Screwy

Some people think it’s just nuts and bolts–any will do as long as it holds the trucks on the board. Others need and swear by certain brands or types: Shorty’s one-inch Phillips, Diamond 7/8-inch Allen, Monkey blue-painted heads, Randoms “skull” heads, etc. Whatever the case, for such a simple purpose, skateboard hardware has undergone a lengthy evolution–from nails and wood screws used to fasten roller skate trucks to two-by-fours, and custom-designed and tempered fasteners that come packaged with their own tools (Allen keys). Some even require only one tool (wrench or socket). Many kinds have come and gone: U-bolts, Bridge bolts, T-bolts, and the old-school bolts with the raised rounded head.

Some styles were big back in the day, hibernated for a while, and have made a comeback. But nowadays most brands feature similar head shapes and shafts, and fall into two distinct camps–Phillips-head and Allen-head bolts. But who uses which, and why do we need both? “Because people like choices, and we like to give them a choice, which is why Shorty’s still sells both Phillips and Allen head,” says Noe Flores, hardware-team manager for Shorty’s. “They both sell just as well as the other, both are the hardest to strip out, which is why we only offer those two, so why not keep on making them?”

“Skateboarders have a preference of either Phillips or Allen, and tend not to switch once they develop a liking for one type,” says Darkhorse Distribution’s Terence Friedman. “This is why we (Grind King) provide both. Both sell equally well in the long term.”

It isn’t only the skaters who have a preference. Every shop I spoke with uses generic one-inch Phillips-head bolts and a drill to assemble their completes. “It’s just easier, although sometimes I tend to go haywire with the drill and strip them out right in front of the customers,” says Adam Haupt of Out Of Bounds in Scotch Plains, New Jersey.

Russell Deming from ESP in Hanford, California says the generics are their biggest seller, simply because they are the least expensive. But Shorty’s one-inch Phillips dominate sales in most shops with 7/8- and one-inch screws usually in second place–of course, there are a few exceptions. FTC in San Francisco only sells FTC brand and Diamond Hardware, and the one-inch Allen head from Diamond is clearly the best seller.

But what makes the kids pick Shorty’s? Has their name dominated the industry in a way similar to Coca-Cola and soft drinks? Is it just the easiest name to remember? Possibly. But there is more to it than that. Rachel Christopher from World Wide in Sioux Falls, South Dakota claims, “The kids say that supposedly Shorty’s don’t break.”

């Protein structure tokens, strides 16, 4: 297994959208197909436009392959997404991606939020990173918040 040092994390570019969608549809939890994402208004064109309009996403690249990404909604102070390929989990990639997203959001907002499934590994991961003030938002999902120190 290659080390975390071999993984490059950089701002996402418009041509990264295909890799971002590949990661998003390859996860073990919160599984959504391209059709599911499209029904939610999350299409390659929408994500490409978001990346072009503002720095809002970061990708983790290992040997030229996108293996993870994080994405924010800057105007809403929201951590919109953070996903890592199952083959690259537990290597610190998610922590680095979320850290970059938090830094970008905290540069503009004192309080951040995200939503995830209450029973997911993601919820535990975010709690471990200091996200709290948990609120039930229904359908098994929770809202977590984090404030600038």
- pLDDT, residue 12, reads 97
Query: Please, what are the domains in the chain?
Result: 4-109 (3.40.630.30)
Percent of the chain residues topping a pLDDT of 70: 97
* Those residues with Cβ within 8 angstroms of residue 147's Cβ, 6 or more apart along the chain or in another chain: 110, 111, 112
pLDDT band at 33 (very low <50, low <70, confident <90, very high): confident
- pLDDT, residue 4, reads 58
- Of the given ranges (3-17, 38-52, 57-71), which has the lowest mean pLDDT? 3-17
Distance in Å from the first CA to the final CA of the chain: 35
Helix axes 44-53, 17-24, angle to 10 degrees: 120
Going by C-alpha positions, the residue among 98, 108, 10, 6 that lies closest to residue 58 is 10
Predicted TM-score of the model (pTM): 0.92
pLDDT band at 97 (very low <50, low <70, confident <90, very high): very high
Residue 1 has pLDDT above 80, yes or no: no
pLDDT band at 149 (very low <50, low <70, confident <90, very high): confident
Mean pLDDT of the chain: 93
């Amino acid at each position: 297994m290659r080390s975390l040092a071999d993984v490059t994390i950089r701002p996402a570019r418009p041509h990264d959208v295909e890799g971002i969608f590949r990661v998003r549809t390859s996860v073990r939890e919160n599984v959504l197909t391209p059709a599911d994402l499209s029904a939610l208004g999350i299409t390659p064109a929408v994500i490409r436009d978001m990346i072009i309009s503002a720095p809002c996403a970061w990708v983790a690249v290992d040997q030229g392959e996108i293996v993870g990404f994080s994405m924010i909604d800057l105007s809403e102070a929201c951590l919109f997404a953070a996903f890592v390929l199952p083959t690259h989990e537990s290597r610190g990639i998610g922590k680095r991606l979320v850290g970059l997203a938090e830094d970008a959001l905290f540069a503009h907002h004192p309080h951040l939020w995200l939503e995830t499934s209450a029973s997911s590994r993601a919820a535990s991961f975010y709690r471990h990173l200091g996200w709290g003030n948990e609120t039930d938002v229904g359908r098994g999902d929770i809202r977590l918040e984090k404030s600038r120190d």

Small Empire’s Joe Rajsteter says, “It’s definitely their ads and the lifetime guarantee.” But who knows how many kids mail their broken hardware back to the companies offering guarantees. I know I never bothered to.

We can’t overlook age and where it fits into the equation. Herb Grignon at Eastern Boarder in Worcester, Massachusetts says, “The little kids like colored hardware and the Silverados.”Joe at Incline Club in Lakewood, New Jersey knows that in his area, “The older guys buy Shorty’s, and the little kids like Lucky hardware–with the one green bolt. We barely sell any Allen-head.”

Peter Karvonen of Faith in Birmingham, Alabama says the older guys prefer Allen head because it strips less, and “Young kids love Randoms.”

And what about Randoms, Rocketbolts, and other “tool-less” or “one-tool” hardware? Are the industry and the customers ready to welcome back hardware “innovations”? Of the shops we spoke to, only Faith is selling any. According to Kent Uyehara, his customers at FTC can “see through the fluff,” and his shop never had any luck selling anything but standard hardware.

Rajsteter at Small Empire in Ledgewood, New Jersey says, “Randoms and similar types of hardware are such a pain to bang in and out.”

Darkhorse’s Friedman is optimistic: “Our newly introduced and patented Rocketbolts (one-tool hardware) are showing the potential for catching up in sales to our regular hardware.”

What does Noe from Shorty’s have to say about innovation? “We still spend time experimenting with new concepts, and they usually fail.”

Although most people take modern hardware for granted, those of us who have skated for longer than eight or so years, or worked in a shop back then, know how bad hardware used to be. We should remember that Shorty’s was the first hardware that was made to fit a deck without the excess bolt coming out of the nut. Before then, when risers were abandoned, the bolt was getting bent and ground up from nose, board, and tailslides. This resulted in the stripping out of the head when trying to remove them, or the complete inability to remove the nut at all (at which point hacksaws were wielded and baseplates were trashed). Also, Shorty’s hardware was the first hardware that came half threaded to strengthen the shaft.

It seems in the case of hardware, the technology and gimmicks are only good to a point, which we may have reached, and then it levels off. Could excess innovation be overkill? Maybe, because it seems that simple is better for most people. Perhaps they don’t think too hard about why, but two things seem certain–the shops and customers know what kinds of hardware they want, and Shorty’s was on to something way before the rest of us.

Shorty’s Nails Our Bolt Survey
We asked ten U.S. shops which are their best-selling hardware.

8 Shorty’s one-inch Phillips.
1 No-name one-inch Phillips.
1 Diamond one-inch allen.